‘He was a bit shaken’: Freight train hits aban­doned ute


A TRAIN driver has es­caped in­jury af­ter his freight lo­co­mo­tive smashed into a ute aban­doned on tracks near Mal­lala, north of Ade­laide.

It ap­pears the ve­hi­cle skid­ded off the road, ca­reered over a steep em­bank­ment and be­came stuck on the rail­way line, about 20m north of a level cross­ing near the junc­tion of Calomba and Broster roads.

The Perth-Mel­bourne train slammed into the ute at 10.25pm on Fri­day be­fore co­mAs ing to a halt about 200m along the track, smash­ing through a cross­ing sign.

Res­i­dents Vic­tor and Judy Ray­ment, who live nearby, said they feared the worst when they heard the crash.

“I just heard the train blar­ing its horn, which they usu­ally do when there’s a car wait­ing at the cross­ing just as a warn­ing but this was like ex­tra long and then dur­ing that horn blar­ing we just heard a thud,” Mr Ray­ment said.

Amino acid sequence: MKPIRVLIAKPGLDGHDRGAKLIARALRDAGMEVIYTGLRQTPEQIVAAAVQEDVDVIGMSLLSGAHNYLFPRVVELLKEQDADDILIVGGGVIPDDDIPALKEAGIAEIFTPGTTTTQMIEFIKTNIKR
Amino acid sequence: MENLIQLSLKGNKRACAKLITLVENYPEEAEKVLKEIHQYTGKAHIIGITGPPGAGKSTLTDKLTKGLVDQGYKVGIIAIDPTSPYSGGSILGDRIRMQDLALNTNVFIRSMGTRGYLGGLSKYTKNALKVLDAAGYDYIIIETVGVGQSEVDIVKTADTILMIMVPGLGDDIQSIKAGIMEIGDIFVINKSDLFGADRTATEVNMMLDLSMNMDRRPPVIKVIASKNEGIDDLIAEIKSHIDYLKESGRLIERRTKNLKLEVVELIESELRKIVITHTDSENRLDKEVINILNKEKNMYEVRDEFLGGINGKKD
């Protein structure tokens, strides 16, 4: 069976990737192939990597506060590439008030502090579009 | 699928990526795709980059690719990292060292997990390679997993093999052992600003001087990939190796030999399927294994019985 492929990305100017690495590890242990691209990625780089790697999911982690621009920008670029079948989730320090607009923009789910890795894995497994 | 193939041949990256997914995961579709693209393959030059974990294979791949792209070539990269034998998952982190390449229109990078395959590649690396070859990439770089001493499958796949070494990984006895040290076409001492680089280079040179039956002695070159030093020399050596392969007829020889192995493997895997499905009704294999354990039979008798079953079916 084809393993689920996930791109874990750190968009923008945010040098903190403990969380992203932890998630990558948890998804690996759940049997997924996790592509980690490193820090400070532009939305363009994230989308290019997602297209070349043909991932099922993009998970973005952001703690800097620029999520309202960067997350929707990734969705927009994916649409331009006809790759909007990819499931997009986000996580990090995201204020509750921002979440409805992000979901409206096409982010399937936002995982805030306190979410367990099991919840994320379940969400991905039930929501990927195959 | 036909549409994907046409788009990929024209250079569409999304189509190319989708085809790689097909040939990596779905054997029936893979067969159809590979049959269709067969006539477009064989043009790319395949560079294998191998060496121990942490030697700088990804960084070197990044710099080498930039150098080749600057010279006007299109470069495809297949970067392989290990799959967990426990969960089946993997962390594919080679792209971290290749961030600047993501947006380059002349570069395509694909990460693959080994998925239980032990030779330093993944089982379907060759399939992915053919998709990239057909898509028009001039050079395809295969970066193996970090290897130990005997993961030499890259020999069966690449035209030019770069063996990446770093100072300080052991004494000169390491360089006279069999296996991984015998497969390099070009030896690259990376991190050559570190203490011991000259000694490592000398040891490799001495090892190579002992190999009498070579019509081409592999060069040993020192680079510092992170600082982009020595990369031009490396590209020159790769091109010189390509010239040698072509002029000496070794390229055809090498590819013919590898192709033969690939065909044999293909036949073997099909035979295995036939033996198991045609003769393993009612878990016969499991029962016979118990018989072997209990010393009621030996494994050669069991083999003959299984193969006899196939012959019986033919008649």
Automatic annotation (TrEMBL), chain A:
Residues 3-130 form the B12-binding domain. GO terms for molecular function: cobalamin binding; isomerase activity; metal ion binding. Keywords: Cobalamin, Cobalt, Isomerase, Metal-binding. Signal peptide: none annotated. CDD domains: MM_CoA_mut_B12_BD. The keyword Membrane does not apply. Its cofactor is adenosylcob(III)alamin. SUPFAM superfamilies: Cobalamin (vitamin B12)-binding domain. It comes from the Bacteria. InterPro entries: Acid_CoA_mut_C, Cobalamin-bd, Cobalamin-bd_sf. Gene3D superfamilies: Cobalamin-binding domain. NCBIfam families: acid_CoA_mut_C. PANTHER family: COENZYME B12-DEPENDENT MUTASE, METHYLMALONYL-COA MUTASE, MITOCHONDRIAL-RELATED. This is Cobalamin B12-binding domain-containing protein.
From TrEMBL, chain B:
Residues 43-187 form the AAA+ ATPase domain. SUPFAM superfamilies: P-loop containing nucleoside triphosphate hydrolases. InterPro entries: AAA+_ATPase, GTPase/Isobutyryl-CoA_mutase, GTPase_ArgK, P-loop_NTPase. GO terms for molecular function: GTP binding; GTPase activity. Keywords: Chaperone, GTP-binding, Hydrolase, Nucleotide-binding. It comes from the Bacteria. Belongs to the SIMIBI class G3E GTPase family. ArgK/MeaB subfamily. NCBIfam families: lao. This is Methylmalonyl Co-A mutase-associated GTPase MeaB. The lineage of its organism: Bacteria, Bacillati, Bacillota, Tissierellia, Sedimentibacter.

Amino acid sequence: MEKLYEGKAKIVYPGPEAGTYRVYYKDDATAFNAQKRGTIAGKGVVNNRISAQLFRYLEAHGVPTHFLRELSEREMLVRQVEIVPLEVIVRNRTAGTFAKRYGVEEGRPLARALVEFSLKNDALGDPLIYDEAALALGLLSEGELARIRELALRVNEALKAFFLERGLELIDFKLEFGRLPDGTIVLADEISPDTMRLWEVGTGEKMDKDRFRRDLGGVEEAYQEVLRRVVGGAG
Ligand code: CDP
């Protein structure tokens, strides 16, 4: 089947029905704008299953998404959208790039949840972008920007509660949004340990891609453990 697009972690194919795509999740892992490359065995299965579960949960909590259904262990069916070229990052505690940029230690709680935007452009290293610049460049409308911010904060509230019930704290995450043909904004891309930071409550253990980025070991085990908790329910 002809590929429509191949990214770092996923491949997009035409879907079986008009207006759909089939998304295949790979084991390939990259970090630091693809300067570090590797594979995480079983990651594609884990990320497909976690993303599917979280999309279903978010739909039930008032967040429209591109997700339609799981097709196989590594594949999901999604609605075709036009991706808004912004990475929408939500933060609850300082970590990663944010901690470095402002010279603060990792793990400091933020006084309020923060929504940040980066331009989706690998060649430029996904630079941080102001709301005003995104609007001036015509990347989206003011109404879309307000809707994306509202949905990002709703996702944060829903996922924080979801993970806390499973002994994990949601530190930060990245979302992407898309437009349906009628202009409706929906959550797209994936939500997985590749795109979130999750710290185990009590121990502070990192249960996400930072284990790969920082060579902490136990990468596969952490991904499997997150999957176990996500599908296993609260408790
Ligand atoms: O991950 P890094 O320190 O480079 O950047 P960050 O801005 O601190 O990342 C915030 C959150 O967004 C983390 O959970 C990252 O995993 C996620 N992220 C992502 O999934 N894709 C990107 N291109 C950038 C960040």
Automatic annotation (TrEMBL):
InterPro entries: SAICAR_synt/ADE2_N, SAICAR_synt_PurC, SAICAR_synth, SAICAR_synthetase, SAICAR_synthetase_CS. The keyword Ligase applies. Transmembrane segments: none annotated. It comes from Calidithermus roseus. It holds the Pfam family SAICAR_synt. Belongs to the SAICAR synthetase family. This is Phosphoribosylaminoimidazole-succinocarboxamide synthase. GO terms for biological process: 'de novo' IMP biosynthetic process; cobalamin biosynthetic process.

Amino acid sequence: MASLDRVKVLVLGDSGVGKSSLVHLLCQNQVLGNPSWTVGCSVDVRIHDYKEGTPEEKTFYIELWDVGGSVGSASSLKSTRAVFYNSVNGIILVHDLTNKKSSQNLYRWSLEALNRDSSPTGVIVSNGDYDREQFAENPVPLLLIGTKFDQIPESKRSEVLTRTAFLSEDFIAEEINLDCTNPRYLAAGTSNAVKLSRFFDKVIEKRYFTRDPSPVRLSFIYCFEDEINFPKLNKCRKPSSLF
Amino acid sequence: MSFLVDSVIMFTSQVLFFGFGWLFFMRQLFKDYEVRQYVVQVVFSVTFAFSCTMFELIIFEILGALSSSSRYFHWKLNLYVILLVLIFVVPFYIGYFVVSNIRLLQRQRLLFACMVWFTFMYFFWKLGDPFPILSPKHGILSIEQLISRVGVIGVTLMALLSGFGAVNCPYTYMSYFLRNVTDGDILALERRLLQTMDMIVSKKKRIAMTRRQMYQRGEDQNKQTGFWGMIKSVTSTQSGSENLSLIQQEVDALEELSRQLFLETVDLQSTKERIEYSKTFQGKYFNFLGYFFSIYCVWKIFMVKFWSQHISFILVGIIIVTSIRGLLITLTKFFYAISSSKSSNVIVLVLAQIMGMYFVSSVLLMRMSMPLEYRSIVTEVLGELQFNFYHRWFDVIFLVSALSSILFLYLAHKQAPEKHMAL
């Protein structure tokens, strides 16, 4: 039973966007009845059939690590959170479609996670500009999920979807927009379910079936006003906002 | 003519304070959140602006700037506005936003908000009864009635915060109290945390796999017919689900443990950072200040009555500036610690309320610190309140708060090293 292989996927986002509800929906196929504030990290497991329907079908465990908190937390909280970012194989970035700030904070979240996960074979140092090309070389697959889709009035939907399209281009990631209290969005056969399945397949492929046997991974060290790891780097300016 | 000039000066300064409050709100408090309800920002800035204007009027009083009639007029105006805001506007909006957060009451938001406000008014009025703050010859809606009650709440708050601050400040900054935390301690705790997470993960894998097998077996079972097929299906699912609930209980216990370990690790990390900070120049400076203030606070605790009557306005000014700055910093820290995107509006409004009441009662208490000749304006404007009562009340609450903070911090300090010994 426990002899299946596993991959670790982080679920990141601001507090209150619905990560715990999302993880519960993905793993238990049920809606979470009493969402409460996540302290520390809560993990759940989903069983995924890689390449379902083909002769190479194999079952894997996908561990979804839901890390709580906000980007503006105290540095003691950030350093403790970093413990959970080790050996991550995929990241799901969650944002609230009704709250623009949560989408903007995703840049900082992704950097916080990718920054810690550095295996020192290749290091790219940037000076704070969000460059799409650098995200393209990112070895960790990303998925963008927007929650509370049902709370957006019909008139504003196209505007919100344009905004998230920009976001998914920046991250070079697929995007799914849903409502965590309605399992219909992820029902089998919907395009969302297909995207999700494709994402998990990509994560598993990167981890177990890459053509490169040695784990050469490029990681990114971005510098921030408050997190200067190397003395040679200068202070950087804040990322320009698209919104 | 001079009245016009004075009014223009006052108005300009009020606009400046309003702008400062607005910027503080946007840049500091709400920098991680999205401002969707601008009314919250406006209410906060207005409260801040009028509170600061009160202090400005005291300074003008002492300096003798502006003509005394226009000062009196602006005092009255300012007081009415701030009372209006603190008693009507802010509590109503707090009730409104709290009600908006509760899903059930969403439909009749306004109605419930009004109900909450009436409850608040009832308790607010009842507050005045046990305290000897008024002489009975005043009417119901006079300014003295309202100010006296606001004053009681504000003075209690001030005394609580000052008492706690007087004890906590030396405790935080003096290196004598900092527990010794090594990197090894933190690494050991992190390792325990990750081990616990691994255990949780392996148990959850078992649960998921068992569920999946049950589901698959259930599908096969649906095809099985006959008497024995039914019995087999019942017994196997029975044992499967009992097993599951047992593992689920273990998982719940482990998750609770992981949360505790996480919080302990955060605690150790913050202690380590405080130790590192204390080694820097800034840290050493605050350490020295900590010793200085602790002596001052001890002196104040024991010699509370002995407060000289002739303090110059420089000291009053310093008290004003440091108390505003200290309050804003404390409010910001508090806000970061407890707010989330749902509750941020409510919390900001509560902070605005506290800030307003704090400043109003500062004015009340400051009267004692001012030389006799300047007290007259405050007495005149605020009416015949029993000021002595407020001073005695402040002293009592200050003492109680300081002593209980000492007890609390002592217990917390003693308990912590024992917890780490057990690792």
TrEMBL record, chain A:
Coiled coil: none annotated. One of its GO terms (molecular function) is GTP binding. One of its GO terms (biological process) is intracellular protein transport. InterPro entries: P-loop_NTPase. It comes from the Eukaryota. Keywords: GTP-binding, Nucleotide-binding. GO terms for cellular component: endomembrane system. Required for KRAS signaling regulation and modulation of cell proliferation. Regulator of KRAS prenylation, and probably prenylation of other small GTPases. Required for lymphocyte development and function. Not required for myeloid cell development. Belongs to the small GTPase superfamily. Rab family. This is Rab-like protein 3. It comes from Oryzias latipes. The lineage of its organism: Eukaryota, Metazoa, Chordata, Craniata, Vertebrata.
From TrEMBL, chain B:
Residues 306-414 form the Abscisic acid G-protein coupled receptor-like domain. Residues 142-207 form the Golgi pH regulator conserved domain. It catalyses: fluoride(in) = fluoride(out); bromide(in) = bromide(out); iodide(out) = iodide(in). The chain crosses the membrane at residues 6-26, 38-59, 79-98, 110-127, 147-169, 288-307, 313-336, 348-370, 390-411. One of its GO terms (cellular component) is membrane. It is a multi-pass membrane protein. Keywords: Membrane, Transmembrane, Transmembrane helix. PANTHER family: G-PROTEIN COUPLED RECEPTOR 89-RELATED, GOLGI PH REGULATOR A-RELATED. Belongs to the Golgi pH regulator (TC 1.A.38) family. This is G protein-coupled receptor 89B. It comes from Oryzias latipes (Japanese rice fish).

“We both looked at each other and thought ‘That didn’t sound nor­mal’.”

Mr Ray­ment went to grab a torch, Mrs Ray­ment walked to­wards the scene.

“I heard a car door shut and it did a bit of a burnout and drove off down the road,” Mrs Ray­ment said.

“I thought ‘Hell, what am I go­ing to be look­ing at ... but there wasn’t any­body.

“The pas­sen­ger side was caved in be­cause that’s the side of im­pact.”

The cou­ple then checked on the train driver.

“He was a lit­tle bit shaken at first,” Mr Ray­ment said. “He just said there was no­body in the ve­hi­cle (and) it looked like it had been dumped there.

“I would imag­ine he would have been think­ing he’s go­ing to kill someone.”

Mr Ray­ment de­scribed the ac­tions of the ute driver as “bloody stupid”.

He said the area was usu­ally quiet al­though two cars were drag rac­ing over the track and along Broster Rd on Thurs­day night. The ute was towed from the scene and the train con­tin­ued on its jour­ney about two hours af­ter the crash.

Po­lice are con­tin­u­ing in­quiries into the in­ci­dent.

LUCKY ES­CAPE: The scene of Fri­day night’s rail­way col­li­sion.

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